Sunday, June 23, 2013

The Fault in Our Stars

I am heartbroken. My sister insisted I write about it. Yes, writing helps. 

His name is Augustus Waters, 17. Hers is Hazel Grace Lancaster, 16. They met in a support group for kids with cancer. His is osteosarcoma in remission. Hers is thyroid cancer stage IV which metastasized to her lungs. Heads up. I saw it coming from the beginning but that didn't stop the heavy flood of tears, shoulders shaking and all.

Each page of The Fault in Our Stars is filled with beautiful, beautiful sentences. Like poetry, like a sweet lullaby. After reading, I seriously pondered over writing Mr. John Green himself just as Hazel writes to Peter Van Houten in the story. Unlike Hazel, I need not know the ending since the novel is quite finished, really. I just want to discuss his novel with him, you know? My admiration and frustrations equally strong.
"I fell in love the way you fall asleep. Slowly, and then all at once."
It's one heck of a love story to write I can imagine. It's a love story worth knowing. Meeting the characters is bliss. They are filled with humor and creativity, their observations of the universe unique but precise. It's inevitable not to love them. Like I have experienced with Jellicoe Road, it all seemed real to me. It left a scar in me. Damn you, John Green.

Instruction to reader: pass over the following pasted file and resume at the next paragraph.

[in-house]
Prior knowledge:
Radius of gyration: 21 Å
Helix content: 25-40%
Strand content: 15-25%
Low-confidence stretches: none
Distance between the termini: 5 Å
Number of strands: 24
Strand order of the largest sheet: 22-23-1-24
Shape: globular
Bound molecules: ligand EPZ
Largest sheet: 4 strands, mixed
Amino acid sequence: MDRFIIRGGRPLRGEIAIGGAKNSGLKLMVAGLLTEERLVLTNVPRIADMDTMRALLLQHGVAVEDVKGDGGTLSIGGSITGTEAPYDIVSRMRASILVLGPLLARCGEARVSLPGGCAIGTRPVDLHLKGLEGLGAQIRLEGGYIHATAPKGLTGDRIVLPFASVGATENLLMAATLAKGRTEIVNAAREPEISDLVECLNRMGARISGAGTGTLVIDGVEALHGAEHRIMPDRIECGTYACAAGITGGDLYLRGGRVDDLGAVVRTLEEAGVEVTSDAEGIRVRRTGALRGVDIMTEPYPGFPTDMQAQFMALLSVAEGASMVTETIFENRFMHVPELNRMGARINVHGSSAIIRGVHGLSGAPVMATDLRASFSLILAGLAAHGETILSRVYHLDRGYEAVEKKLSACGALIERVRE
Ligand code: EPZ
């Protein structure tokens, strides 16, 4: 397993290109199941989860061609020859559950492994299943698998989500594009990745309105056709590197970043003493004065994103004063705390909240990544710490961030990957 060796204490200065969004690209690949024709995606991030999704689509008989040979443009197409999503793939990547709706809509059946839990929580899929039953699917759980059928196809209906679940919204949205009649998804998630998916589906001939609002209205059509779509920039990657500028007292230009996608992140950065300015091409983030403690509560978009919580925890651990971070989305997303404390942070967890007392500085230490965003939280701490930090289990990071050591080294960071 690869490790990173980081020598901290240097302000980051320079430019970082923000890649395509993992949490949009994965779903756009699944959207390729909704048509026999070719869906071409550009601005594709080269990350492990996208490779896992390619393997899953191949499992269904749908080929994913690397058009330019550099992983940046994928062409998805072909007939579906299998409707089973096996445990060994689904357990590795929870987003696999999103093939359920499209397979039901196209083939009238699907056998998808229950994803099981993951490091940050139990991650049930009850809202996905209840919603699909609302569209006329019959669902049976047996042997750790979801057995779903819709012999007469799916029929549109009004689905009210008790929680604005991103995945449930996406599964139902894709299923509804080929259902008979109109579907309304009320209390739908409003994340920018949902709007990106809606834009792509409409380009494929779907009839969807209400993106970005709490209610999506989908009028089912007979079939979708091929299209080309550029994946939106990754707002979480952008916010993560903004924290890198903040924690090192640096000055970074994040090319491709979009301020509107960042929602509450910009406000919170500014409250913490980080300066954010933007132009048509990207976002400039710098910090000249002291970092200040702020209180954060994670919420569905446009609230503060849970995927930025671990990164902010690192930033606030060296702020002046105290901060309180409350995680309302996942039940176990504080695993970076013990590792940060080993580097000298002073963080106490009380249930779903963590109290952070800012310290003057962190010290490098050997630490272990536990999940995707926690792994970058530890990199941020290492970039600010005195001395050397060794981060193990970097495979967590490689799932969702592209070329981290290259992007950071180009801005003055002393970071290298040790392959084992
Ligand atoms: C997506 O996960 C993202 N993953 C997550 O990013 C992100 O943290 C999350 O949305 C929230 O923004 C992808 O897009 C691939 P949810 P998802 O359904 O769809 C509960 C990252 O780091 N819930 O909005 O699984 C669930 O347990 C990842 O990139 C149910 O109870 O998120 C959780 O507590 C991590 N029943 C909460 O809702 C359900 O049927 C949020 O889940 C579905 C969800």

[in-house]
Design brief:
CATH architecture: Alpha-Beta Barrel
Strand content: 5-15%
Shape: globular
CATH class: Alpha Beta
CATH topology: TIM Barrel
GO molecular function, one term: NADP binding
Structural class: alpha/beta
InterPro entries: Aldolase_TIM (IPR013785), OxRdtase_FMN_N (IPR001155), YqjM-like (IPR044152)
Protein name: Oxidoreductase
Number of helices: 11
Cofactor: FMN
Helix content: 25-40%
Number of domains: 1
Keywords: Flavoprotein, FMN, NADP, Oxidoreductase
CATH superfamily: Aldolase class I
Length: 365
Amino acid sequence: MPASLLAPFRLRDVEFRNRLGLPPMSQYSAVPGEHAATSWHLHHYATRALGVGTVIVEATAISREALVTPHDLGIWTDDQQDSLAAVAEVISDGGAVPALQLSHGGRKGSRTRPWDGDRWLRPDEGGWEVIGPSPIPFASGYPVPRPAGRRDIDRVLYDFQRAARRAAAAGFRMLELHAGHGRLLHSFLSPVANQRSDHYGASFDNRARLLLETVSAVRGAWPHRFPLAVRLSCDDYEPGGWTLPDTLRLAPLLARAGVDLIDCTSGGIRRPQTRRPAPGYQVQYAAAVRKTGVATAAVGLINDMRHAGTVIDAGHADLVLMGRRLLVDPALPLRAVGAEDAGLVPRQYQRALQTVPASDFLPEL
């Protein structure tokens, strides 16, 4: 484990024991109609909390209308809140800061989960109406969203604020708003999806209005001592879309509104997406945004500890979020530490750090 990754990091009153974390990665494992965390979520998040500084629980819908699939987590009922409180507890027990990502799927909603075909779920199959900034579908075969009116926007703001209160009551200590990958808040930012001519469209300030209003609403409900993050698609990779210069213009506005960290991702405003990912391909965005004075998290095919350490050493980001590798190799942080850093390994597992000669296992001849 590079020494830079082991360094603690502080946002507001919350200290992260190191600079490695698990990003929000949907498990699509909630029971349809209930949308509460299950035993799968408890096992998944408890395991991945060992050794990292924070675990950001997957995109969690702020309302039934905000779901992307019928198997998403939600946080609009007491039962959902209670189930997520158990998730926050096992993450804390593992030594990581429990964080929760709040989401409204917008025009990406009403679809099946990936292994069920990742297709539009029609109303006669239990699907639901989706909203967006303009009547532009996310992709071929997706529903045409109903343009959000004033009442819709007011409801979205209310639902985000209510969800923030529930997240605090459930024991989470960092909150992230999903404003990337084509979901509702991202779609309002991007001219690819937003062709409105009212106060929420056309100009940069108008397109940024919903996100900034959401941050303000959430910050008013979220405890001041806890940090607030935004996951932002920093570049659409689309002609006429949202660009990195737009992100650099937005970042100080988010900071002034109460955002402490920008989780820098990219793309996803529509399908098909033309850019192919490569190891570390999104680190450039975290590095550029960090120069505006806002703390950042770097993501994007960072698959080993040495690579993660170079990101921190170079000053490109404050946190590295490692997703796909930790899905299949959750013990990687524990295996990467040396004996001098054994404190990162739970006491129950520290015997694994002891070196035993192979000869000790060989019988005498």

But the thing is... I really don't mind. I saw the world in a wider picture. I felt pain which, from what is apparently written there, demanded to be felt. More importantly, I felt the moving power of true love. Let me tell you this: It's a privilege to have my heart broken by this book.


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